The ZIGGY STARDUST Companion
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EMI / VIRGIN
The 16 page booklet contains all the lyrics and artist/credits information but nothing more which I found mildly disappointing because even CD bootlegs are now coming out with great liner notes. Things I would have enjoyed reading and which are missing from the booklet include the history of the making of the album, release dates, single releases etc. Instead the pages of the booklet are solely devoted to the lyrics and new images of Ziggy Stardust. However, the latter are the real gems of the re-release with a number of rare and previously unseen images on display, mostly from Brian Ward's early Ziggy Stardust promotional work. There are two Mick Rock photos also in the booklet - but these have already been seen so they are not shown here in this review (They are a live shot and the famous "guitar blowjob" image). Just a note that none of the 1990 Rykodisc artwork is to be found in this re-issue. However, one set of pictures that is missing and which would have been highly appropriate for the booklet is the original LP innersleeve mugshots of David Bowie and The Spiders.
Of note is that the lyrics to "It Ain't Easy" are now reproduced for the very first time. However, one criticism is that the lyrics as a whole, continue to repeat a few minor mistakes made in the Ryko/EMI 1990 releases for the songs "Ziggy Stardust" and "Rock n Roll Suicide", i.e for the former it should be "...Weird and Gilly and the Spiders from Mars" not "...Weird and Gilly. The Spiders From Mars." For the latter it is "But the day breaks" not "But day breaks" and it is also "Don't let the milk float ride your mind" not "....milk floats ride your mind."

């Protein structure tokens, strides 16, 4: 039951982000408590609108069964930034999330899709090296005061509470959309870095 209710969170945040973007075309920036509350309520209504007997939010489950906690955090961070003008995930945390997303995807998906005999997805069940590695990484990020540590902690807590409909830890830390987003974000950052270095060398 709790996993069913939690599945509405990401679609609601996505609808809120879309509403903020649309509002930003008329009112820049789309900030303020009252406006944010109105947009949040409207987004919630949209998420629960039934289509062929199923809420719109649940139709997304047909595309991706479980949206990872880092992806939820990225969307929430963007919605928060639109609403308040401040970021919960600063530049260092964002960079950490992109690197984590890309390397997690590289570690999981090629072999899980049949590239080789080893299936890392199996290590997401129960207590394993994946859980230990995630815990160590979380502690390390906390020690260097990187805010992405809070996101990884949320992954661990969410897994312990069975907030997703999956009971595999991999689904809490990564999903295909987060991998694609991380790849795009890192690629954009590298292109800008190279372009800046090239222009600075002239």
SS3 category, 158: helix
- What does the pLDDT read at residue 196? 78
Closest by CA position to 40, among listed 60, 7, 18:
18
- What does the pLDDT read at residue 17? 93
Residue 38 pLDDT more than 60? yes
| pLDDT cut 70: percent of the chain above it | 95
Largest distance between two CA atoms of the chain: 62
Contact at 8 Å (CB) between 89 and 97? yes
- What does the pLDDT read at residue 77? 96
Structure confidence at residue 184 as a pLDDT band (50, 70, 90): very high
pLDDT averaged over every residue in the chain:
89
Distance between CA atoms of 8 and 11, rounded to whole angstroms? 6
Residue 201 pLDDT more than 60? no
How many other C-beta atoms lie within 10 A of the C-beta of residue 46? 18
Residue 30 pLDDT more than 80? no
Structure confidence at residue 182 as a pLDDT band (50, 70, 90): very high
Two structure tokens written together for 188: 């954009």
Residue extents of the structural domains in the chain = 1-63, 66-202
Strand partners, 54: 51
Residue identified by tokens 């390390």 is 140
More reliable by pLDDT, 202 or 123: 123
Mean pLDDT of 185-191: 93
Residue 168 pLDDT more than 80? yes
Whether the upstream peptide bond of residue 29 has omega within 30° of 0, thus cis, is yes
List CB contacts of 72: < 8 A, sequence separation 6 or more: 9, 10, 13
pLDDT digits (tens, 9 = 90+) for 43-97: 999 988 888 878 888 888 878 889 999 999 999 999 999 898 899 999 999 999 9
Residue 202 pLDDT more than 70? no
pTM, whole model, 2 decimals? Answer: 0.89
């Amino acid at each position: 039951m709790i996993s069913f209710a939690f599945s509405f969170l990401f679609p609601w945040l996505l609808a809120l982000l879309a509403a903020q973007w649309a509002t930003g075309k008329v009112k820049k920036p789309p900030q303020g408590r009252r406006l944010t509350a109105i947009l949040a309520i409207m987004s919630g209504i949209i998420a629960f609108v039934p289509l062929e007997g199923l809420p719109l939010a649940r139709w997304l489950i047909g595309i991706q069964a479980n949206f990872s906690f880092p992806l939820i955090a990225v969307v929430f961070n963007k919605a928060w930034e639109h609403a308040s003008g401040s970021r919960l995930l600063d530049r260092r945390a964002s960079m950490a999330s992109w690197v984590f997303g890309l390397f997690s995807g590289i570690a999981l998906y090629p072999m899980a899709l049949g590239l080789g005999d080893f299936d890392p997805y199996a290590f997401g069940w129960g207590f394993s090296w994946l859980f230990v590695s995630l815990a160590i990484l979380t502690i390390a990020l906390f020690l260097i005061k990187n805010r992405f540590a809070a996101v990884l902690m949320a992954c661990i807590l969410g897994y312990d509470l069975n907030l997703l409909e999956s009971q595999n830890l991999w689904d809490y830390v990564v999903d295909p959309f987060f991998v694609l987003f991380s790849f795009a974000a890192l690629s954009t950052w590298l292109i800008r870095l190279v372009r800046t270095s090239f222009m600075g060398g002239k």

Page 4 - Brian Ward Ziggy image
The short multimedia presentation on the CD which you access through your computer is a nice multi-screened advert for BowieNet, with a small degree of interactivity (there are repeating clips of Bowie's later songs) but there is no Ziggy Stardust content.
Page 8 and 9 - wonderful photo and also used for the cover of the EMI catalogue "Pulse"
How does it sound? Well it is listed as 24-bit digitally mastered so it should sound very good and it does. This is very subjective of course but at the same audio levels, I compared it against both the Ryko/EMI 1990 CD and the Ryko 1994 Au20 CD (which was 20-bit mastered & gold-based). While it does sound better to my ears than the standard 1990 Ryko/EMI CD (clearer with more bass and warmth), overall I felt that the Ryko 1994 Au20 CD is still the best listening experience (which you'll also need it for the bonus tracks!). Perhaps an audiophile remastered gold CD reissue is also needed??
---This page last modified: 18 Jan 2007---